Envisioned and organised by Wellcome Genome Campus Public Engagmeent and the Institute of Research in Schools (IRIS) this is the first time that a parasitic worm will have its genome fully curated. All the participating students need to experience first hand the latest bioinformatics techniques used in genomics is a computer, web browser and internet connection.
The students will be analysing and interpreting gene prediction models and sequence data using the genome browser APOLLO to predict the structure and location of an estimated 15,000 genes.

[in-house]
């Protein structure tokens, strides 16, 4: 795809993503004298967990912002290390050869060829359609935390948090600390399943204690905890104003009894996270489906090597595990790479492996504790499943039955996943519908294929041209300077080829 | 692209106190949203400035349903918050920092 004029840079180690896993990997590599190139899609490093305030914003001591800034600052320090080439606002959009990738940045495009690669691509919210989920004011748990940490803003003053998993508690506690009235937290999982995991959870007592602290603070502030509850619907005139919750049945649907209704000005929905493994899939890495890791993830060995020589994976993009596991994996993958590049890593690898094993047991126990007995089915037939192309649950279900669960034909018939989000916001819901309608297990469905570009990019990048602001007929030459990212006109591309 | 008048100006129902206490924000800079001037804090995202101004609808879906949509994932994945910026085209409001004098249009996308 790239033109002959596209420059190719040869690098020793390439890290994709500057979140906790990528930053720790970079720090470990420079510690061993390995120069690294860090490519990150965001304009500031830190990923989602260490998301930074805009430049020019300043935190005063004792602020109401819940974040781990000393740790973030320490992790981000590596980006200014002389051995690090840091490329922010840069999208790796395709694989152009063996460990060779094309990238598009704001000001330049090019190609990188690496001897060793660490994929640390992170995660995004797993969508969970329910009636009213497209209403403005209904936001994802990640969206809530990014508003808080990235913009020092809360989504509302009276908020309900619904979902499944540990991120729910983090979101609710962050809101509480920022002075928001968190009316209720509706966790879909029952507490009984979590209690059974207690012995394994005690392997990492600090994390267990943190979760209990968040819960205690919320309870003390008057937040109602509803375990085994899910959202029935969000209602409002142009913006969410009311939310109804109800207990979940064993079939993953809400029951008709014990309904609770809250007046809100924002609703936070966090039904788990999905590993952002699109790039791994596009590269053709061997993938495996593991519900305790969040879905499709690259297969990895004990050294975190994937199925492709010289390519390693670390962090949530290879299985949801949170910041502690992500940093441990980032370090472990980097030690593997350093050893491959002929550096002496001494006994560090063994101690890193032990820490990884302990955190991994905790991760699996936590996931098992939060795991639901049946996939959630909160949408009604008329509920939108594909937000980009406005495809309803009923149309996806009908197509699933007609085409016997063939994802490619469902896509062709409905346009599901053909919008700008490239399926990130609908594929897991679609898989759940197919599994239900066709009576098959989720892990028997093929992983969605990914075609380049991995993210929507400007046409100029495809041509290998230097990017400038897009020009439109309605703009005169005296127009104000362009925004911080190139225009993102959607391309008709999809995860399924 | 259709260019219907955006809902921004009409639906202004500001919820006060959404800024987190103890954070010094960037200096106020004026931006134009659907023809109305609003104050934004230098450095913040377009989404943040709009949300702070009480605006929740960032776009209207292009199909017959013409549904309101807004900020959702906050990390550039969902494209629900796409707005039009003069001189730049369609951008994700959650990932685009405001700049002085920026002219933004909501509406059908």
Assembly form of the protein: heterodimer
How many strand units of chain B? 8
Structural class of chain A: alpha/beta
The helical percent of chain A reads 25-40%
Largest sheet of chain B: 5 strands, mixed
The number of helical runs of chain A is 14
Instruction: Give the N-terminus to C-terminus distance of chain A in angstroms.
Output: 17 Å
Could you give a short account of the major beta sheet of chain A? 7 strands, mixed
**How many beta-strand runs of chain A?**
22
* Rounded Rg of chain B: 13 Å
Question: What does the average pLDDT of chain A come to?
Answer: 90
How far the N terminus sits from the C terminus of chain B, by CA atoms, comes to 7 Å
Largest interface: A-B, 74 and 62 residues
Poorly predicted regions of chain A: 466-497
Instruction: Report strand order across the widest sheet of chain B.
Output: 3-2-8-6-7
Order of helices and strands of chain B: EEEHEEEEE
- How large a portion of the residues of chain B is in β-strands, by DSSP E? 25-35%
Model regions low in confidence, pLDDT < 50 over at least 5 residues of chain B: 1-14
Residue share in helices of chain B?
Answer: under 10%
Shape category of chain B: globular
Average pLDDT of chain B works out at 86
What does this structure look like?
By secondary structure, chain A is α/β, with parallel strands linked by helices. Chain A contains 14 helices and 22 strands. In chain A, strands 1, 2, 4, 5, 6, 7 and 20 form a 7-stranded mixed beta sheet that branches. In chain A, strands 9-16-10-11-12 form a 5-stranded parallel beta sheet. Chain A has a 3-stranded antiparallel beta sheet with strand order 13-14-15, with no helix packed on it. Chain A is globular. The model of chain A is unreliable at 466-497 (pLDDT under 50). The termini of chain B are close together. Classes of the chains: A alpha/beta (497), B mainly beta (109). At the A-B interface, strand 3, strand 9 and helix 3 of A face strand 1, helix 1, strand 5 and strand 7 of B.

The project officially launched at the Wellcome Genome Campus in September 2017 and the first scrutinised sections of the whipworm genome are already being returned by pupils. To date more than 1,000 students across the UK are registered and actively annotating the genome.
When completed, it is intended that pubils making substantive contributions to the final genome reference will be included as contributors on any research publications - making this the first true participatory genome annotation project of its kind.